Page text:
Dehydration occurs when the body lacks enough water to continue its metabolic processes. Water is an essential compound for the body’s many biochemical reactions. It is used during energy production and excretion of toxic materials. When the body cannot keep up with its fluid needs, dehydration ensues. Dehydration can then affect many cellular processes in the body. One effect of dehydration is on the potassium level in the blood.
Potassium is an important electrolyte in your body. Electrolytes are electrically charged molecules important for fluid balance and waste removal. Potassium is also important in maintaining a regular heart rhythm. Most potassium exists inside the body’s cells, so changes in the level of potassium in the blood stream can cause serious health effects.
Symptoms of Dehydration
Initial symptoms of dehydration include dry lips and mouth, dry skin, increased heart rate and decreased urine output. If the dehydration worsens, the heart rate increases more and blood pressure can fall, resulting in light-headedness, dizziness and loss of consciousness. In severe dehydration, shock and brain, liver and kidney damage can result.
There are many causes of dehydration, but essentially a person becomes dehydrated if they lose too much fluid or become unable to ingest enough water. The elderly can become dehydrated because they can’t recognize how much fluid they are losing, according to the Merck Manuals. Infants become dehydrated because the amount of fluid they lose represents a larger proportion of their bodily fluids when compared to that of older children and adult experiencing dehydration. In the most common form of dehydration, electrolytes such as potassium are lost, resulting in decreased levels in the blood stream.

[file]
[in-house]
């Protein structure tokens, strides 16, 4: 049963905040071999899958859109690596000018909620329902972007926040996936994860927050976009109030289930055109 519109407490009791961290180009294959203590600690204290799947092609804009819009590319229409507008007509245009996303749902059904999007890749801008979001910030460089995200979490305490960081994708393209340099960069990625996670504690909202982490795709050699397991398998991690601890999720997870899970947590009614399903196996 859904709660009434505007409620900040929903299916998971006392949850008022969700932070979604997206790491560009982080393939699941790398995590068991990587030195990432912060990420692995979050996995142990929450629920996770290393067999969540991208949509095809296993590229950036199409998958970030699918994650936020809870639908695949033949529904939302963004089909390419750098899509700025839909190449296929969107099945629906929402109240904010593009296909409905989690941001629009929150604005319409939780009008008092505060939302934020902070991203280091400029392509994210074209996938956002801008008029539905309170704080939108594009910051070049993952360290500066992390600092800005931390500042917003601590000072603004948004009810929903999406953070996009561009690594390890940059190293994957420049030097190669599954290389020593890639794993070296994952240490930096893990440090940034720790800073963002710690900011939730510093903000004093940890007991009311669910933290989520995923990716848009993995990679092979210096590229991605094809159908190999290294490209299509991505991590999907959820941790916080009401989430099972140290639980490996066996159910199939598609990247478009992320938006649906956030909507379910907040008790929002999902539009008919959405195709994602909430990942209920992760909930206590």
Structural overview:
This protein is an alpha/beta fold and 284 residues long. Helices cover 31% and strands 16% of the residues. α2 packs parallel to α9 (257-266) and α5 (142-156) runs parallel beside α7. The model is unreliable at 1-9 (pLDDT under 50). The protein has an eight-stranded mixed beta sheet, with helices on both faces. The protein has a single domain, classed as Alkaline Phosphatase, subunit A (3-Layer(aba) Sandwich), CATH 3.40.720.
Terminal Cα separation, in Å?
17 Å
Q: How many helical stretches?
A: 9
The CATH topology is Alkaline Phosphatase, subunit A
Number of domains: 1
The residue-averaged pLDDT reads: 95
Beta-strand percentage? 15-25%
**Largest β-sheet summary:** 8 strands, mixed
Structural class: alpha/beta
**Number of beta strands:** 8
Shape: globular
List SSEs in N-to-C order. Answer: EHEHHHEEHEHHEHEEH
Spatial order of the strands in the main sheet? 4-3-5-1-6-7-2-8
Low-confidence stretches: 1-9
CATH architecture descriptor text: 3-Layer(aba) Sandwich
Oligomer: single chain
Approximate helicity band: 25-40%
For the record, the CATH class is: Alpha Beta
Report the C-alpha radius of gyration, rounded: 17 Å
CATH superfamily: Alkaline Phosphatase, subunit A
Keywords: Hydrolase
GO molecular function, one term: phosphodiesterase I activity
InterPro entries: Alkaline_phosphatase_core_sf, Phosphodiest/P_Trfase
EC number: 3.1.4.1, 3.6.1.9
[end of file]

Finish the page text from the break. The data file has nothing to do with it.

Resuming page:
Common causes of dehydration include excessive sweating, vomiting and diarrhea. All these can result in hypokalemia, or low potassium levels. Diabetic ketoacidosis, in which a person with diabetes cannot use sugar as energy source and resorts to the use of fats to satisfy its energy requirements, can also result in low potassium levels, or can cause hyperkalemia, abnormally high level of potassium.
Hypokalemia can result in muscle weakness and cramps, and even paralysis. According to the Merck Manuals, since potassium is important for preserving a normal heart rhythm, hypokalemia and hyperkalemia can both cause abnormalities called arrhythmias. In particular, a high potassium level can result in a life-threatening arrhythmia called ventricular fibrillation, which impairs the heart’s ability to pump blood to the tissues.
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